Interested in a 1925 building with fascinating links to ghost stories and Cuba, plus lots of French neoclassical architectural elements, Moorish arches and Spanish tile?
You're in luck, because Villa Paula, the former Cuban consulate in Miami, will go on sale Friday for $4.5 million as part of a group of four commercial lots.
The 2,552-square-foot property, which would look right at home in Havana, is in “an emerging and promising neighborhood of Little Haiti, one block from the innovative Magic City district,” real estate agent Jean-Luis Delbe of ONE Sotheby’s International Realty told el Nuevo Herald.
The six bedroom, three bath mansion, now owned by 5811 Investment Group LLC and open as an art gallery, has been the subject of ghost stories for many years.
The original owner was Cuba's consul general in Miami, Don Domingo Milford, who built the mansion for his wife, Paula. She died following surgery to amputate a leg and was buried in the garden, but her ghost has been reportedly seen “floating” along the hallways.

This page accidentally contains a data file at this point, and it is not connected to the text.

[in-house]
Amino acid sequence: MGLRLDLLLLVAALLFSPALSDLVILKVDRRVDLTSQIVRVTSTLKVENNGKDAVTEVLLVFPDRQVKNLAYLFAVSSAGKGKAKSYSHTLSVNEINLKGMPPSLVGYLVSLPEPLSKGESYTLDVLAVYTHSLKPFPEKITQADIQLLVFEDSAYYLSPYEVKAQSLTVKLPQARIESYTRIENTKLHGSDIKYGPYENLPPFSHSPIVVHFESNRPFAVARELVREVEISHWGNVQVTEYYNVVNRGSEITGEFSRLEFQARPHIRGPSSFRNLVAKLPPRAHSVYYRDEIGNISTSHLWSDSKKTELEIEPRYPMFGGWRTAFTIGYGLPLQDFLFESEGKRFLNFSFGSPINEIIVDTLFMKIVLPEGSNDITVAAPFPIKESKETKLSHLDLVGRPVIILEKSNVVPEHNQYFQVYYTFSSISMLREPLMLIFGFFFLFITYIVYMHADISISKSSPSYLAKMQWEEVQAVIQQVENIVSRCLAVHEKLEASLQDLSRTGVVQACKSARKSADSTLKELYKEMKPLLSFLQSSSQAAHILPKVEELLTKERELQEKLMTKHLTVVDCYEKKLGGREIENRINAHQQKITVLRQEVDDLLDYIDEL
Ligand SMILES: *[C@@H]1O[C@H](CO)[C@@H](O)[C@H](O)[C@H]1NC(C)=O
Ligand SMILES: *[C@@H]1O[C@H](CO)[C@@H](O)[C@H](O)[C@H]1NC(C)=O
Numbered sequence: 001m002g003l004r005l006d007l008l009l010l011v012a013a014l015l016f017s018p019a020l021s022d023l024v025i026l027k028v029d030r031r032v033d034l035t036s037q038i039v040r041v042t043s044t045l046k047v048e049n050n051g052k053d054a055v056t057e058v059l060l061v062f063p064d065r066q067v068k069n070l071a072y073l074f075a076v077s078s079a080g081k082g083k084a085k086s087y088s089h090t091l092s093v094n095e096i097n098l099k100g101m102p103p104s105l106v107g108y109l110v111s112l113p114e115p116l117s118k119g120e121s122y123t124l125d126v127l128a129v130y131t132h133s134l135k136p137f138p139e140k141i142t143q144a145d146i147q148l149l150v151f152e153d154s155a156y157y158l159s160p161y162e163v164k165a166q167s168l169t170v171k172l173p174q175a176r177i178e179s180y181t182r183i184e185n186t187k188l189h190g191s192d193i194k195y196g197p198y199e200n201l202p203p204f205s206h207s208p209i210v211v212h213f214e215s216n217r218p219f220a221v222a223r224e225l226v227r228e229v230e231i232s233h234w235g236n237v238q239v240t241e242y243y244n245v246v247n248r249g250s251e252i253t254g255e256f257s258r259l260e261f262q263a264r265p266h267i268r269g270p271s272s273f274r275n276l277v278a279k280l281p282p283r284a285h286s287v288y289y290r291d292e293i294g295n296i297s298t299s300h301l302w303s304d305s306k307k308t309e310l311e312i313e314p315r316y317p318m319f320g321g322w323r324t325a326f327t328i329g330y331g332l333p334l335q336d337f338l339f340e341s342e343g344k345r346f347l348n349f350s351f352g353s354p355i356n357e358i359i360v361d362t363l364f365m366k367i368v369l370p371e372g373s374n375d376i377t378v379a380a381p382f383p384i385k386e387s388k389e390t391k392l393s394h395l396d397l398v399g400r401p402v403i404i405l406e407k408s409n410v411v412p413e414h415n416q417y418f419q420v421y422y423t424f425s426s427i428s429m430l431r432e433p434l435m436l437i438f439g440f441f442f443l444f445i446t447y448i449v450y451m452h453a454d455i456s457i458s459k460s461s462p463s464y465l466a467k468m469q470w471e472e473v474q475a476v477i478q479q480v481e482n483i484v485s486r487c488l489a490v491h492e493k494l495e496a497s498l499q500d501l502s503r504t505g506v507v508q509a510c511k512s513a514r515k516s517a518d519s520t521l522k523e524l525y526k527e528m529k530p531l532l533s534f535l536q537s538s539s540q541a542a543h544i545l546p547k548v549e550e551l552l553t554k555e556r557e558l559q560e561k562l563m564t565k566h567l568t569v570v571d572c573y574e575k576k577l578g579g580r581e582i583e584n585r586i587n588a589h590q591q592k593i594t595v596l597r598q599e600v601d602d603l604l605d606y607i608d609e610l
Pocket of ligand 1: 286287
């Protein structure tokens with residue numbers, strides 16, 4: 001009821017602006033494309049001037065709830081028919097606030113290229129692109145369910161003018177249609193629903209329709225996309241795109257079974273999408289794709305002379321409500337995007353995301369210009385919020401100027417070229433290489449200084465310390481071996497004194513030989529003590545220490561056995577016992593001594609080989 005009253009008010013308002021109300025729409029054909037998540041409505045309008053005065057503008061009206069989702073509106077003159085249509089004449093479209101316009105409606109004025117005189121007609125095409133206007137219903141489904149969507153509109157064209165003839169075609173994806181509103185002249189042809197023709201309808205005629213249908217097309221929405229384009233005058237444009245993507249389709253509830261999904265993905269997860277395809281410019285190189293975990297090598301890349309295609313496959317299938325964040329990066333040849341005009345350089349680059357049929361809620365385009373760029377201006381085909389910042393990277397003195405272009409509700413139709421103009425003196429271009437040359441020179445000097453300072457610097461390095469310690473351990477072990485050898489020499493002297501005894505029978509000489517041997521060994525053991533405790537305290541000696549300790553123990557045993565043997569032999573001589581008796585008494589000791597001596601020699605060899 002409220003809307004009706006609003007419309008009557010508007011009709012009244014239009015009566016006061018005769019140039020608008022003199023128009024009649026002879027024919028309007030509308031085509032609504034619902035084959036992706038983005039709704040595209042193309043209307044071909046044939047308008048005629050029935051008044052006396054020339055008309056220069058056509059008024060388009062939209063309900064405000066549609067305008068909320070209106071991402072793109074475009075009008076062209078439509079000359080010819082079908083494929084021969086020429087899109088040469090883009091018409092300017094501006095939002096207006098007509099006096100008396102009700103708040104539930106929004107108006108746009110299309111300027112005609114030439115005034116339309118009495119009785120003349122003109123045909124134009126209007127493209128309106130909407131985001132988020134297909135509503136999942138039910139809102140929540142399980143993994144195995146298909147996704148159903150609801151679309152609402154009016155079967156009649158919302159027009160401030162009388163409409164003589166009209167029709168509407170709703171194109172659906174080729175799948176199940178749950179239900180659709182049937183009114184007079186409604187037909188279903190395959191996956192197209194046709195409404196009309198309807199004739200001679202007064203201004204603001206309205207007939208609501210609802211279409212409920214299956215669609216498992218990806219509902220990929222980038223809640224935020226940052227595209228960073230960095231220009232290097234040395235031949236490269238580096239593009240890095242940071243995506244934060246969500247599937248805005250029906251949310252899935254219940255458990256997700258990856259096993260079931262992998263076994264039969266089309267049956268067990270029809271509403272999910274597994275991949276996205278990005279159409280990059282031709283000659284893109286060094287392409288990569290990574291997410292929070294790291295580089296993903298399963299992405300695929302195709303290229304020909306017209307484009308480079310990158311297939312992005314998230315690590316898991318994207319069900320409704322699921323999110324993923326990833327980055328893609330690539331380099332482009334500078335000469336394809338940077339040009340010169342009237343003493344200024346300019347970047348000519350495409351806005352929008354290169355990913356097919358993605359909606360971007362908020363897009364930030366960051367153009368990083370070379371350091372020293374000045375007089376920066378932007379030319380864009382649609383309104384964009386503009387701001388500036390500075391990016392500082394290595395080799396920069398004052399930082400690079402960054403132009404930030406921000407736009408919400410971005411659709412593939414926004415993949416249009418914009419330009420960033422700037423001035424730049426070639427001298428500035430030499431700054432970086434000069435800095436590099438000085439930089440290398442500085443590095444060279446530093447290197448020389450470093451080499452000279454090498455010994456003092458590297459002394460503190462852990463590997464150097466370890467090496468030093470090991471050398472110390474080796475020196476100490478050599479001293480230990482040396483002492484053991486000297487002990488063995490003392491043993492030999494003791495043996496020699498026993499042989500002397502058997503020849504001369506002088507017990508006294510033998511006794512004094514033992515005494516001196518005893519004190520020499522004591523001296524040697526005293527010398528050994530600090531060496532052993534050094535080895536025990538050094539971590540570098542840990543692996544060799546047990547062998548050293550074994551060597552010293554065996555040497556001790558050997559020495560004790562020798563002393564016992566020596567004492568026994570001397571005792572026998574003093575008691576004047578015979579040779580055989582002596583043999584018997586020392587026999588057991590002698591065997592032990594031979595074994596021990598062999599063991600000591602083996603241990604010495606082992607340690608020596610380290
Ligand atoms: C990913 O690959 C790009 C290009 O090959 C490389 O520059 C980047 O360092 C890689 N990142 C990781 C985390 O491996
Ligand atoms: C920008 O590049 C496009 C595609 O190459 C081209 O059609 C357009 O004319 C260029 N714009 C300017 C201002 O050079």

The supposed paranormal activity and other chapters of the mansion's history have attracted a lot of visitors and interest in the property.
Delbe said the mansion at 5811 N. Miami Ave would go on sale because a dispute among its current owners has been settled.
“The two brothers have come to an agreement and jointly want to sell the four properties (Villa Paula included) for $4.5 million,” he said.
Villa Paula last sold in 2016 for $500,000 to 5811 Investment Group LLC., owned by brothers Martin and Richard Siskind, according to a lawsuit filed in August 2017. Martin wanted to sell the property to pay off the mortgage and for a medical surgery.